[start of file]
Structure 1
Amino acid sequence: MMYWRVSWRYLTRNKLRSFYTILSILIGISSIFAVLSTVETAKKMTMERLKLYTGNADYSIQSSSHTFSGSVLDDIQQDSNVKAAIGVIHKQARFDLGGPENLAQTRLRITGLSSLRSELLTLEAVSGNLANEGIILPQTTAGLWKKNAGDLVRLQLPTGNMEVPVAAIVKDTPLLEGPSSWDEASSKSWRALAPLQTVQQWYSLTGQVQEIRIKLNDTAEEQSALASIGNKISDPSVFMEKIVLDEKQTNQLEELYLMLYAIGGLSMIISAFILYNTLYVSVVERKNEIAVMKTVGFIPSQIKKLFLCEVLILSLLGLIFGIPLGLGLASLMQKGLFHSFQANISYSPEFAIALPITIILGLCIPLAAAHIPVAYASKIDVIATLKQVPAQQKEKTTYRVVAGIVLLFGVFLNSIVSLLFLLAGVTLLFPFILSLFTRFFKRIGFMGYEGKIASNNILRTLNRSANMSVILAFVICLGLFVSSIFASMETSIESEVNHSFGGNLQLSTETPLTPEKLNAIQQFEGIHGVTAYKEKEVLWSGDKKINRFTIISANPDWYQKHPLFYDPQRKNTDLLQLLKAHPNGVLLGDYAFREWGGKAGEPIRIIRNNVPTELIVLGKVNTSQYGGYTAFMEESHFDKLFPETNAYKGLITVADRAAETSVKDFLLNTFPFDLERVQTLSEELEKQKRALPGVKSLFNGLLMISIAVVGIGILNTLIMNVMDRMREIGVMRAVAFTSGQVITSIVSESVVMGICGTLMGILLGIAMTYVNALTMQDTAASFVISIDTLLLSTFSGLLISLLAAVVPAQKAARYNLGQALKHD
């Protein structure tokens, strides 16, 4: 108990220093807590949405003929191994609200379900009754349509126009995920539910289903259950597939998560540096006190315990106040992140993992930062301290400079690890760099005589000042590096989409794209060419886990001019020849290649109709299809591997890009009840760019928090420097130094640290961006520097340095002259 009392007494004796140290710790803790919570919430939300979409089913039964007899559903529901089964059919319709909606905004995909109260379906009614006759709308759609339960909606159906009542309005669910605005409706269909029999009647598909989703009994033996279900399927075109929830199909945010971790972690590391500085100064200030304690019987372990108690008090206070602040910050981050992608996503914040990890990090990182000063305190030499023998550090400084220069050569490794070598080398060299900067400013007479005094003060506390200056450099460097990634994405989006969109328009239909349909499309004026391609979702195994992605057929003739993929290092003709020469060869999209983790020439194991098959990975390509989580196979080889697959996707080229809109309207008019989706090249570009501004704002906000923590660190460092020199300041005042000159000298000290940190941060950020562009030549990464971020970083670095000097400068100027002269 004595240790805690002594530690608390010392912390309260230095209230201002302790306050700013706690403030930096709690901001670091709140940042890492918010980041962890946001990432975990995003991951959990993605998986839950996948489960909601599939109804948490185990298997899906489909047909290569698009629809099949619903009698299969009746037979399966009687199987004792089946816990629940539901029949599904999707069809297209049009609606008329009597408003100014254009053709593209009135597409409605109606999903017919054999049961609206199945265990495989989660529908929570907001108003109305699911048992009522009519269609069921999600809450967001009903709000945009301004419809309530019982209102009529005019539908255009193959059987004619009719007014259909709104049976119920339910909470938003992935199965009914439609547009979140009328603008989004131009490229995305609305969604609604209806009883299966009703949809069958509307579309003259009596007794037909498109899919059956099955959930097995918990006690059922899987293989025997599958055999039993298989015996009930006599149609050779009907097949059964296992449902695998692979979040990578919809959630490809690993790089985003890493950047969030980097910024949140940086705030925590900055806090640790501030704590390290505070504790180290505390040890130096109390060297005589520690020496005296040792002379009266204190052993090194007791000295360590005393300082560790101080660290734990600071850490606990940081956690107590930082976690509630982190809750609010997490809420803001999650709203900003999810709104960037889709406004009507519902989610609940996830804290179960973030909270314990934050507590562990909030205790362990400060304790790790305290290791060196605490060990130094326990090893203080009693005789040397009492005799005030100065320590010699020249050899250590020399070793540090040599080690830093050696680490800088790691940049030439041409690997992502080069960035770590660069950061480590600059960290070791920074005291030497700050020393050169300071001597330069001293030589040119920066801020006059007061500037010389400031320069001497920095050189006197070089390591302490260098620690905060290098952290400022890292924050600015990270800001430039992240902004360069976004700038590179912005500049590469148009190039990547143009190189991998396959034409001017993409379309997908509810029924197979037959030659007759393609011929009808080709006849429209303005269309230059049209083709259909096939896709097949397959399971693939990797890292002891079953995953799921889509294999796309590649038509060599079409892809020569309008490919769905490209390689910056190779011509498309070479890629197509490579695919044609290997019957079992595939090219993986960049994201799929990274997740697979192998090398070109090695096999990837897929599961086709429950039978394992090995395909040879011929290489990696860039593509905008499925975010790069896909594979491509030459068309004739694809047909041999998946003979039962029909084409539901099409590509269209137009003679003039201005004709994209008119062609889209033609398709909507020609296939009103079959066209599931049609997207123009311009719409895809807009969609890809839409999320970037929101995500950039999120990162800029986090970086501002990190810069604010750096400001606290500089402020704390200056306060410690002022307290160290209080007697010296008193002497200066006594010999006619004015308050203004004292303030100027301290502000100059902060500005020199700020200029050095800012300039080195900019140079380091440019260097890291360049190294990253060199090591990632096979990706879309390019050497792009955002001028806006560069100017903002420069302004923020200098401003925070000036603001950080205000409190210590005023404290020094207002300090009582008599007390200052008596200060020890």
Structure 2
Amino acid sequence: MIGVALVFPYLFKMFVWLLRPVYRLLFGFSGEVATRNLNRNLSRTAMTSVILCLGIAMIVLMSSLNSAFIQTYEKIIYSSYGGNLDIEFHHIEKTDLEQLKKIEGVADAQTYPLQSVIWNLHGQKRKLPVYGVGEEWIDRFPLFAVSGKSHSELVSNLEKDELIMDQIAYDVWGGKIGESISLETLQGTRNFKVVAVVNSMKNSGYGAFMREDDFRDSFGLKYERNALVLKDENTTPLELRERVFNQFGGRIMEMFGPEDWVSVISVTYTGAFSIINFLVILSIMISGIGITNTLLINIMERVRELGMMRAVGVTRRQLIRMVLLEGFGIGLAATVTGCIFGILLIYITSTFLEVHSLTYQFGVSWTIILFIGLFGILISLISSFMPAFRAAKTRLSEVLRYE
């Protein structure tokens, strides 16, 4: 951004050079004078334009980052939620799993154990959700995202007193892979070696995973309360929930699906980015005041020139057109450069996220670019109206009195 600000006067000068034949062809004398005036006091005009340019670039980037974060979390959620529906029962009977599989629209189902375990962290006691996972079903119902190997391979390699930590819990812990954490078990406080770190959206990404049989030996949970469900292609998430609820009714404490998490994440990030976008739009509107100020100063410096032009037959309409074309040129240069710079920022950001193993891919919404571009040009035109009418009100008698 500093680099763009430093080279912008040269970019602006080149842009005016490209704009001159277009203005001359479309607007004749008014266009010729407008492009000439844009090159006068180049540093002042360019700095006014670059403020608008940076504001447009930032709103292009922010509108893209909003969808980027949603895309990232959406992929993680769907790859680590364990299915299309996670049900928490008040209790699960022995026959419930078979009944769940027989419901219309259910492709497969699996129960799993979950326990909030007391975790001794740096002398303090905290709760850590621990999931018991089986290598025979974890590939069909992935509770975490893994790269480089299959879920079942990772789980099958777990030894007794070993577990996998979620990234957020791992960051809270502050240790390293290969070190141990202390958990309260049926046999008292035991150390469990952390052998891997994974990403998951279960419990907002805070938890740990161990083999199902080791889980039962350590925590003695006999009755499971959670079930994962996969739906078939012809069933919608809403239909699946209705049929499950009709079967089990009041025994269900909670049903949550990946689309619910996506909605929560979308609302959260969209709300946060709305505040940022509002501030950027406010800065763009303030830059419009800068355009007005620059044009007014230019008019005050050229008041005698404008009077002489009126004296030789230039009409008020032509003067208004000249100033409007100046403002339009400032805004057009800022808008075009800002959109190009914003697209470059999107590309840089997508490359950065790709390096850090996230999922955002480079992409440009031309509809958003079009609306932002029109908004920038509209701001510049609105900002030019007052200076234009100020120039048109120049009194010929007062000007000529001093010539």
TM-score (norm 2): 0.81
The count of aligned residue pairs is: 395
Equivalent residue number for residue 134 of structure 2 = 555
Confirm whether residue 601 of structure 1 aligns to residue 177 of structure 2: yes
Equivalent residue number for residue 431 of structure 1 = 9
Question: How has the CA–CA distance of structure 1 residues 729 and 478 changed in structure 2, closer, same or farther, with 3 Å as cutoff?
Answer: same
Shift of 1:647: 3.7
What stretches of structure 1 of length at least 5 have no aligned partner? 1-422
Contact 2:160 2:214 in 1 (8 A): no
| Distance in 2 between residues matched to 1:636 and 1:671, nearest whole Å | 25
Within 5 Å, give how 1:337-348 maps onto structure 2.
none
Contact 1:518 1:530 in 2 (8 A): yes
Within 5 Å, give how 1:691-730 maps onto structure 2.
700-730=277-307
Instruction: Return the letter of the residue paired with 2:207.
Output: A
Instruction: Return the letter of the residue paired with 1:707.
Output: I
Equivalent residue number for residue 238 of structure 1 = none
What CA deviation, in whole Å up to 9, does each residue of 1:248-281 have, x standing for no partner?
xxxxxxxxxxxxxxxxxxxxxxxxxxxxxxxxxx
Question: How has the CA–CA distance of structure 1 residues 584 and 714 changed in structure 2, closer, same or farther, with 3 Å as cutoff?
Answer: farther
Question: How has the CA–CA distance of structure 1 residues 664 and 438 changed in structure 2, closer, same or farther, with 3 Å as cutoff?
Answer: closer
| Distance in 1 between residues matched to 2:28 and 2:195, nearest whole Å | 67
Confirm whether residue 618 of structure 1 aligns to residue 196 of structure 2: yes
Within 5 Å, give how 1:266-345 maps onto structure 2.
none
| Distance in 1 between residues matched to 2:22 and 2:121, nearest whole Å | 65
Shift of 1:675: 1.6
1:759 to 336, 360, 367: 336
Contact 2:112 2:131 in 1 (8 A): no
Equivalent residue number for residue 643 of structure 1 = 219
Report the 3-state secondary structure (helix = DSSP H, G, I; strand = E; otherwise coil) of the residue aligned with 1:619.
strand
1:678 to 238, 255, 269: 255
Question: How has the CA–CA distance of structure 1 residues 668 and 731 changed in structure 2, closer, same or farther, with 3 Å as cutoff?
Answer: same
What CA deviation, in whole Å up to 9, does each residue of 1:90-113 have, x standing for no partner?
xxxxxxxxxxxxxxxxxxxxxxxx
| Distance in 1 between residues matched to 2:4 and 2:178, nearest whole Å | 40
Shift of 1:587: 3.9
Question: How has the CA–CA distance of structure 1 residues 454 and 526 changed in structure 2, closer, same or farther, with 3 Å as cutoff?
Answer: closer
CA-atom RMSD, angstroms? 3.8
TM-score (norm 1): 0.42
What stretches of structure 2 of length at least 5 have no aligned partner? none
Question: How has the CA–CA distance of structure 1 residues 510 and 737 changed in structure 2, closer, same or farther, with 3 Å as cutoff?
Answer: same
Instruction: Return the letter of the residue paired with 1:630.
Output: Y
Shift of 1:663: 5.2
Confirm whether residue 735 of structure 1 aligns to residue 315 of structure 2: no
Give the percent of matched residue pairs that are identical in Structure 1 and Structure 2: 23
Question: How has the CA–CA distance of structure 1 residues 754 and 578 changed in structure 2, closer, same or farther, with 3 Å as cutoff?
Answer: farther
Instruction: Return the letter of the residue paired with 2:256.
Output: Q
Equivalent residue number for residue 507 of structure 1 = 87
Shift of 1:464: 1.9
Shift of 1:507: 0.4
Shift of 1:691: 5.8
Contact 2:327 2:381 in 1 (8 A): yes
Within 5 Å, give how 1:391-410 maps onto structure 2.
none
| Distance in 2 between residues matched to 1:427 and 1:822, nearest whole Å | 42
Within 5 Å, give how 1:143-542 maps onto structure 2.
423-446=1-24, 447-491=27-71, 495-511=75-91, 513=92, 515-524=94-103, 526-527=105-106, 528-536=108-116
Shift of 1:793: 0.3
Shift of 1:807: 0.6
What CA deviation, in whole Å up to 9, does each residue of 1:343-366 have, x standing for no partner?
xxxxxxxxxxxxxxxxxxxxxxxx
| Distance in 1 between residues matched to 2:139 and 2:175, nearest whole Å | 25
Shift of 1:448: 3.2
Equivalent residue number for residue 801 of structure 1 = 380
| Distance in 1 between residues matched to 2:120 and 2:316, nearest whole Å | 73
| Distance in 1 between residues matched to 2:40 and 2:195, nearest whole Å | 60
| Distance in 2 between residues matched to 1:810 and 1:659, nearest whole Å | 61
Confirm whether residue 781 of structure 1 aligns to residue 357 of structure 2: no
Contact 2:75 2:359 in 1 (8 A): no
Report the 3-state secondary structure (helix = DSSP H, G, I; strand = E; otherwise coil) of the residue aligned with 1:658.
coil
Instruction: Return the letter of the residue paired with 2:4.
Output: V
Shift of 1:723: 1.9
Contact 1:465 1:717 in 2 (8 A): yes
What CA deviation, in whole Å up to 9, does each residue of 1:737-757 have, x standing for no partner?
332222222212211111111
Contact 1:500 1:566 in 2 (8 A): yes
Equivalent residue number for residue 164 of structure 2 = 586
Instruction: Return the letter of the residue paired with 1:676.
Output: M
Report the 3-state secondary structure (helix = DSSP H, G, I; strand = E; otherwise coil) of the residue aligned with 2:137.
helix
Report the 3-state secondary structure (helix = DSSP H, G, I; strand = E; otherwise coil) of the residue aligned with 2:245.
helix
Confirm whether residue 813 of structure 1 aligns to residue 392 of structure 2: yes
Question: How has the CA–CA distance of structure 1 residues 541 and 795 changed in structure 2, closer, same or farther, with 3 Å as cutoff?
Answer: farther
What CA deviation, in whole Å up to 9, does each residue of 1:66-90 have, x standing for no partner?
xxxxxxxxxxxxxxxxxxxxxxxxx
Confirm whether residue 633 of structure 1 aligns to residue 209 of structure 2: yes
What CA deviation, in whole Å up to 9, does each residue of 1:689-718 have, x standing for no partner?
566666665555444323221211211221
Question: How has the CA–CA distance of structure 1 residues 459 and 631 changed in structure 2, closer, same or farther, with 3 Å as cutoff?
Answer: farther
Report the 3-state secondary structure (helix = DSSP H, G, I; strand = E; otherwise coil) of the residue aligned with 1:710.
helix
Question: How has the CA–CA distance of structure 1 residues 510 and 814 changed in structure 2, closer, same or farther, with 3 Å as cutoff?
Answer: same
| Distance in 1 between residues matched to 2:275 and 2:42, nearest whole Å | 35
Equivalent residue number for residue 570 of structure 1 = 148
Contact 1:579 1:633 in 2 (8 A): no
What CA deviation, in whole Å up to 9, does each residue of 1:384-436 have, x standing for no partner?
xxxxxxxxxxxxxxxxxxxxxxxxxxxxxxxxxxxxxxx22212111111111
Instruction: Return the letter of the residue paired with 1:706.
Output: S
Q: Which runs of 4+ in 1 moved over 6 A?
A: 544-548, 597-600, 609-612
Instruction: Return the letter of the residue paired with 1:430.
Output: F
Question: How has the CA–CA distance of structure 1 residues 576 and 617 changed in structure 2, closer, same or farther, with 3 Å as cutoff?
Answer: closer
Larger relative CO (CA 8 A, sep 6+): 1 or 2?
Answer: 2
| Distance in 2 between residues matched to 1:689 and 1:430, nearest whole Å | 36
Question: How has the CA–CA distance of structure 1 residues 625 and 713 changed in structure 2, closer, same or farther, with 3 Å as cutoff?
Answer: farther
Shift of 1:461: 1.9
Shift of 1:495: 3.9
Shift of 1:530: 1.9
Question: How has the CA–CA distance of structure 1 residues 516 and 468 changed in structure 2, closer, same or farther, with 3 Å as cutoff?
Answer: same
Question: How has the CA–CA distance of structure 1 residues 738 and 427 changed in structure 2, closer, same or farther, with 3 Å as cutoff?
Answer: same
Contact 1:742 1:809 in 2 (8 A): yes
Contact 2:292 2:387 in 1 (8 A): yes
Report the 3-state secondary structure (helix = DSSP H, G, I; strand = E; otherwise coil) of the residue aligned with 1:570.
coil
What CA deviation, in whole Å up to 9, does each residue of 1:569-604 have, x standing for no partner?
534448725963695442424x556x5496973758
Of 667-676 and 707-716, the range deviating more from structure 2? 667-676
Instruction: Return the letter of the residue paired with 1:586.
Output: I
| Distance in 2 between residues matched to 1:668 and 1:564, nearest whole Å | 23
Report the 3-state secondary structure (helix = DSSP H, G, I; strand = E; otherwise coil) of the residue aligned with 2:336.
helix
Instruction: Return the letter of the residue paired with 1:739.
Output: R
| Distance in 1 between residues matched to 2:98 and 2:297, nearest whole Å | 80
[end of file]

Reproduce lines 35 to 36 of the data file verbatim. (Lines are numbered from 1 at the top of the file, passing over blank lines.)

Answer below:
Confirm whether residue 618 of structure 1 aligns to residue 196 of structure 2: yes
Within 5 Å, give how 1:266-345 maps onto structure 2.